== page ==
In other words, they have the common goal of wanting to work it out, and they’re willing to make difficult changes for the sake of their partnership. But if you’re dealing with someone who is hiding behind their addiction, a lot of the popular tools that experts are now teaching aren’t going to work for people like us.
Healthy relationships (without addiction) have a common goal of wanting to work things out.
For example, I know a lot of us were talking about this in the Secret Facebook group. Brene Brown, who I am a huge fan of, just came out with a documentary on Netflix and it’s spectacular. I mean, what’s not to love about Brene Brown? She’s incredibly insightful, and she’s sharing a message that courage is vulnerability, and that’s a beautiful message.
I’ve read every one of her books and I think everyone should watch the documentary on Netflix. But I hear a lot of women in our space, in our community, who love someone suffering from addiction, tell me that they need to work harder on being more vulnerable. And they beat themselves up for feeling guilty because they’re being guarded with their loved one who happens to drink too much or abuse drugs.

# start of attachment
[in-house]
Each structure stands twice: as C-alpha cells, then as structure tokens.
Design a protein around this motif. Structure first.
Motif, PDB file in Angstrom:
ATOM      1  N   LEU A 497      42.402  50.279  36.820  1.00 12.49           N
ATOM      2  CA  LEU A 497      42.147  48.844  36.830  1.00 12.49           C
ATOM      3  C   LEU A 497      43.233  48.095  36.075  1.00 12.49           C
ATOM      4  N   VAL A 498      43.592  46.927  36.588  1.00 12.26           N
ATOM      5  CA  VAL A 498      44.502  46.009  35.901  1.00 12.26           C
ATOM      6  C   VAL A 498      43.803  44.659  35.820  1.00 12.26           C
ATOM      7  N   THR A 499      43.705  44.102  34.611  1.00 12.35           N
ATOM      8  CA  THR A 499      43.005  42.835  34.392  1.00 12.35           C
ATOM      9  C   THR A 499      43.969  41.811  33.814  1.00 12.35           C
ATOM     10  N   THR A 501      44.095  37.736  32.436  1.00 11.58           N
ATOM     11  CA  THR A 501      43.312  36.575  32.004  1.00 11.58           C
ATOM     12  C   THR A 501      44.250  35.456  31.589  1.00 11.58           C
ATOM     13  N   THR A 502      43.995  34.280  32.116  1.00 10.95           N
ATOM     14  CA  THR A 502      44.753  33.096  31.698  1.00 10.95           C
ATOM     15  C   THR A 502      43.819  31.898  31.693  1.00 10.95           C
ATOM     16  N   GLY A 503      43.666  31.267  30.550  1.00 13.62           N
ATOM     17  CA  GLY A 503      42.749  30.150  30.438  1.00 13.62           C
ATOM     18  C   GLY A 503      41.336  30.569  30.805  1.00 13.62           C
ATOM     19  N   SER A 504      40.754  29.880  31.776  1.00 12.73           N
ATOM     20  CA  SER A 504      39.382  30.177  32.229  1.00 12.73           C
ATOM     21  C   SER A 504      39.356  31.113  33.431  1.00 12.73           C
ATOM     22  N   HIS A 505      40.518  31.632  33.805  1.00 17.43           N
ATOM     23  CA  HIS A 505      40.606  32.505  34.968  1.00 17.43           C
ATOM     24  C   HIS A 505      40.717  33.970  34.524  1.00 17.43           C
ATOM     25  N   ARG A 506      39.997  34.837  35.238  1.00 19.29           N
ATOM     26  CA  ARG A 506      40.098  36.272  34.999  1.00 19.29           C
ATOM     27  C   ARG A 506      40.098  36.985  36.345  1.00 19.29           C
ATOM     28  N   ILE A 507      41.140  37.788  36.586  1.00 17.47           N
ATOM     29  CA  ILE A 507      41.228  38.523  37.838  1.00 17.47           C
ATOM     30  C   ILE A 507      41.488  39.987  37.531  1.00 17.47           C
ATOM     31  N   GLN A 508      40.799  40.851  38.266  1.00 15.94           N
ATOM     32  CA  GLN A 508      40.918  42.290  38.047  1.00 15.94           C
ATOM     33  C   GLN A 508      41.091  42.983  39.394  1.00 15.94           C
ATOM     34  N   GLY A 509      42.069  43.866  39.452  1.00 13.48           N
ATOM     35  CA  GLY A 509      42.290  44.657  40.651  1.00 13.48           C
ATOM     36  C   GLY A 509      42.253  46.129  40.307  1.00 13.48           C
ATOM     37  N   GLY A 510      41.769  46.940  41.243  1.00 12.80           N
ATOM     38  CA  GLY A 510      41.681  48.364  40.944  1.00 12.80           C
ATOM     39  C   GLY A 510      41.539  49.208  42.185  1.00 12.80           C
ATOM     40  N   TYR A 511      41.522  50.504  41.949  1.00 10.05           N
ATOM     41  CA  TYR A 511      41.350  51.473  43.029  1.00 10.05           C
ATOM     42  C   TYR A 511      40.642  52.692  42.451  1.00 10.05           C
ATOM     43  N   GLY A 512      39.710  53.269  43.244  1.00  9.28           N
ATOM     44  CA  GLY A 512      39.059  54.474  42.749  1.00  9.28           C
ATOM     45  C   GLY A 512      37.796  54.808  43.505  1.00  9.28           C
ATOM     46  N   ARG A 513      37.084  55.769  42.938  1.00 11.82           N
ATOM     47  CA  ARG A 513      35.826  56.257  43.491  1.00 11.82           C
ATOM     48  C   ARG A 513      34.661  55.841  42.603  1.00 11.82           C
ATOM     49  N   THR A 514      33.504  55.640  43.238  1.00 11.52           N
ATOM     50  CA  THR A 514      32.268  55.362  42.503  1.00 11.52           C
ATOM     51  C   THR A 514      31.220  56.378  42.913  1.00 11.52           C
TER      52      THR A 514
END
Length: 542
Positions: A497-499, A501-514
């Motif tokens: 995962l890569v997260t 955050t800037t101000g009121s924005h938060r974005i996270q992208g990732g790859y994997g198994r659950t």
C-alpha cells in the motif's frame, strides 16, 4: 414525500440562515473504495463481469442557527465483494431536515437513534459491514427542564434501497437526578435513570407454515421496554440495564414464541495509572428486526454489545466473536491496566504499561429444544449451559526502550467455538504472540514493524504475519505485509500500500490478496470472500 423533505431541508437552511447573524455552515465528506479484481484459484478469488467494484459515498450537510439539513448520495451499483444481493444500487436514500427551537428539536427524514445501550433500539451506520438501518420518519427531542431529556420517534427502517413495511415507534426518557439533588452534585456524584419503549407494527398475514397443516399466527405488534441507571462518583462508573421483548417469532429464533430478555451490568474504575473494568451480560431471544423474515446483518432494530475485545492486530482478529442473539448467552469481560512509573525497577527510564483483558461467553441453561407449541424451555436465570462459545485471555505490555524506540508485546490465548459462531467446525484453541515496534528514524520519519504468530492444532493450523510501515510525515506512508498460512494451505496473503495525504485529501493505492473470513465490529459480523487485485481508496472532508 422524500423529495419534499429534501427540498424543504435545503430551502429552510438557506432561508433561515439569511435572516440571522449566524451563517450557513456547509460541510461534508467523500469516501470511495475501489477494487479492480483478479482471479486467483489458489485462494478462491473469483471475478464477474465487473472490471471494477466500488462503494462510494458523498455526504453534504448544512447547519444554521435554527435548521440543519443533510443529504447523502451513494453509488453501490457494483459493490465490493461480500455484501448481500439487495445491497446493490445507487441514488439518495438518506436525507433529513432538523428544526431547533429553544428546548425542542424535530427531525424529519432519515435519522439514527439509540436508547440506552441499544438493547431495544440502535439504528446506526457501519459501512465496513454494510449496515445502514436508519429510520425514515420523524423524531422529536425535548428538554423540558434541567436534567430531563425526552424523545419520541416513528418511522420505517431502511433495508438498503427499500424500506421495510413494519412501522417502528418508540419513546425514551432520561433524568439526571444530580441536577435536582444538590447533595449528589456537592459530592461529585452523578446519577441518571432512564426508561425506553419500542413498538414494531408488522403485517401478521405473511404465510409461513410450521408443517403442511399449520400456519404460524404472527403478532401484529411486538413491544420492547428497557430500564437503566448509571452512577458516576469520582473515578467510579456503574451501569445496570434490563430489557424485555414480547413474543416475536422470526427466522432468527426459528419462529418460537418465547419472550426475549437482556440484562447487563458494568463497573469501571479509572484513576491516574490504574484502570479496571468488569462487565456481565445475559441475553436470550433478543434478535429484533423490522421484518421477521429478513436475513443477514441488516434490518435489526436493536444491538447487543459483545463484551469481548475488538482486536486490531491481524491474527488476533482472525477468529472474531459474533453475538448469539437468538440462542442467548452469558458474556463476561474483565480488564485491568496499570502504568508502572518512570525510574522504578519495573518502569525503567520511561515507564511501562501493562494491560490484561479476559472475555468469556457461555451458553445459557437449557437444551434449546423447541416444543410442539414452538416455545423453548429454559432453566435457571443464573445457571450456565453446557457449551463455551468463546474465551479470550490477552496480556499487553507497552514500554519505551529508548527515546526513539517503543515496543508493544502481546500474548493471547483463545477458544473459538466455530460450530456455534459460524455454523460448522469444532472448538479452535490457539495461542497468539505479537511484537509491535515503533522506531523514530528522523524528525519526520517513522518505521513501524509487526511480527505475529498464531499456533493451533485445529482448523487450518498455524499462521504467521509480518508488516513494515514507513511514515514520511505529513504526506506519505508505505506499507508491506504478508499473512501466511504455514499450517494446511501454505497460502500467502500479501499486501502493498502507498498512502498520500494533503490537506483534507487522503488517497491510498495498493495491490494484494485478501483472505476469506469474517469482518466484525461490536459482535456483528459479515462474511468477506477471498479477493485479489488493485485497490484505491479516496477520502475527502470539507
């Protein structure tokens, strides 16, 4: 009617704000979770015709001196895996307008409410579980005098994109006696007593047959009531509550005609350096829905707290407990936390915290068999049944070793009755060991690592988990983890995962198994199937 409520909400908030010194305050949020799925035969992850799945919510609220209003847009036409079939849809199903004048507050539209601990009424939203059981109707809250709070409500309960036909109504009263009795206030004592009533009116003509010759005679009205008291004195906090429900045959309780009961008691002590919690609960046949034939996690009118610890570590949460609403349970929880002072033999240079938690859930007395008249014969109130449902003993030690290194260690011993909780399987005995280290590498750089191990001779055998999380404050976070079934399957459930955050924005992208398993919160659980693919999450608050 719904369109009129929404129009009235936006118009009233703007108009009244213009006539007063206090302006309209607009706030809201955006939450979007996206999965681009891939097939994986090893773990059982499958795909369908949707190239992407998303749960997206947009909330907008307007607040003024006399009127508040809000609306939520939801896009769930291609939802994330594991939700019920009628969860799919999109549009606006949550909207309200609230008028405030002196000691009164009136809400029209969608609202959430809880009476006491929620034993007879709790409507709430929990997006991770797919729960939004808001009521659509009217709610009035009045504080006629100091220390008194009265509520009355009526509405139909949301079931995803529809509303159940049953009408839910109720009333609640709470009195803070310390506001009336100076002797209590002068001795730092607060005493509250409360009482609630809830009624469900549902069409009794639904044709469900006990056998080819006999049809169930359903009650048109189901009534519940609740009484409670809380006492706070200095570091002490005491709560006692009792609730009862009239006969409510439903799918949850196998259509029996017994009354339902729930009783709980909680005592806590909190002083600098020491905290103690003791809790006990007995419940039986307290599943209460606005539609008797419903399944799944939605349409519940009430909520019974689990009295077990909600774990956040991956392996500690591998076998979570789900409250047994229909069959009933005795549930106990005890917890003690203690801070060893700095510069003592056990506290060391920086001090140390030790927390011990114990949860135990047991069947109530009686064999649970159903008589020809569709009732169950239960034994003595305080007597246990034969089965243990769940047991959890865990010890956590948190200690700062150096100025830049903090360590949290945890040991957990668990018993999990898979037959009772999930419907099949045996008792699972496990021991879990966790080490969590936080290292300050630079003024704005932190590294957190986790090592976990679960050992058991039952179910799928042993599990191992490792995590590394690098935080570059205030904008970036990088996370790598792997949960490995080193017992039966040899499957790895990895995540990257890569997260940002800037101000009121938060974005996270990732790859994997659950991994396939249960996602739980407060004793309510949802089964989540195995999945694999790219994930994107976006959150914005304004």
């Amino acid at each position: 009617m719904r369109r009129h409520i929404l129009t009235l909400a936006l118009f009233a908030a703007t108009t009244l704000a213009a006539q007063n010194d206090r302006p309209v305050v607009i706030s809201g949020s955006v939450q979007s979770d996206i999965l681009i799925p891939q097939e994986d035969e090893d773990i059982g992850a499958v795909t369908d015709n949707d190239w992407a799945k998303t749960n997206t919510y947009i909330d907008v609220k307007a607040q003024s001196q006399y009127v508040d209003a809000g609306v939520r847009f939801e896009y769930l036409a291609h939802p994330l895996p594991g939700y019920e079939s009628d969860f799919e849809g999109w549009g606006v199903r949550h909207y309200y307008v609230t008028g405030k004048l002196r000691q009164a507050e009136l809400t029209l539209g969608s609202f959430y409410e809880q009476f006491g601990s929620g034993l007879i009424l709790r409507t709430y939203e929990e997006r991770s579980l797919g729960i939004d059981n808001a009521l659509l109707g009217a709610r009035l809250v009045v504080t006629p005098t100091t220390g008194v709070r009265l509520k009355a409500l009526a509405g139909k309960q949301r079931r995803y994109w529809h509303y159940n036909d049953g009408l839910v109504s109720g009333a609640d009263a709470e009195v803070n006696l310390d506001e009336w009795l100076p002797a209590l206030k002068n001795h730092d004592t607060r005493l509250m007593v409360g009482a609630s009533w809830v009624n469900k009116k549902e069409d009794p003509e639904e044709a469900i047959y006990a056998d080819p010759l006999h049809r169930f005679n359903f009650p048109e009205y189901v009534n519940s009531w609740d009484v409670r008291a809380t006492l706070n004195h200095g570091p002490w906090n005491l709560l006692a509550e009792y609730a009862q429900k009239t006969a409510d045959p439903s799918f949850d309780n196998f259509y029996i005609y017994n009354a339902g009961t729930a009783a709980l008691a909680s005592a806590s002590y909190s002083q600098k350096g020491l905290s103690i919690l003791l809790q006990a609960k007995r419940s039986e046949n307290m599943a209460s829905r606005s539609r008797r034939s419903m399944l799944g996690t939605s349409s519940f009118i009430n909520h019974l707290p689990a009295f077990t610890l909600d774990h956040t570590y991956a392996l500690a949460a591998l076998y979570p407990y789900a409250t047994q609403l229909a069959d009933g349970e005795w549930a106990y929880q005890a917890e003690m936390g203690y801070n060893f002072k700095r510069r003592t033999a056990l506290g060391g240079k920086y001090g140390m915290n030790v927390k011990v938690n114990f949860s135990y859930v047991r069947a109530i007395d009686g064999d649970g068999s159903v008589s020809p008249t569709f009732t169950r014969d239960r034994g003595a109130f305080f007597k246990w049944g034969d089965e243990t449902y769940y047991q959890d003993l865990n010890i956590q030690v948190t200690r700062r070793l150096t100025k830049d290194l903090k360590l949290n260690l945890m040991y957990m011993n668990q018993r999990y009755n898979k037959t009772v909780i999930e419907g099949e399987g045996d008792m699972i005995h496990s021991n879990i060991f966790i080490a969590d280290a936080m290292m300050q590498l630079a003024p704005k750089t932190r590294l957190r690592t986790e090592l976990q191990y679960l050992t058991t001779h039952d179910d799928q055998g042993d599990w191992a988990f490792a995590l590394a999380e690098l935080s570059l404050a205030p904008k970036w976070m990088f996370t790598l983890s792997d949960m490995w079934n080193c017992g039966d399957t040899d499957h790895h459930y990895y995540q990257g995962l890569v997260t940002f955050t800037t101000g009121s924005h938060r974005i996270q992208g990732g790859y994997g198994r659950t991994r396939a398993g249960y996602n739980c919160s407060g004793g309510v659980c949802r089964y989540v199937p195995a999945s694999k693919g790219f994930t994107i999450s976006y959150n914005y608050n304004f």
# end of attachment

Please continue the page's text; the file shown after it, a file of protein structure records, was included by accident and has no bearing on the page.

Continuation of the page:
Here’s the truth: If you really, really dive into Brene’s research, you’ll see the power of vulnerability works when someone has proven they are deserving of your vulnerability. That’s the magic of it.
In other words…
It would be considered a liability to continue to be vulnerable if you are in an abusive relationship.
Being vulnerable in an abusive relationship isn’t healthy.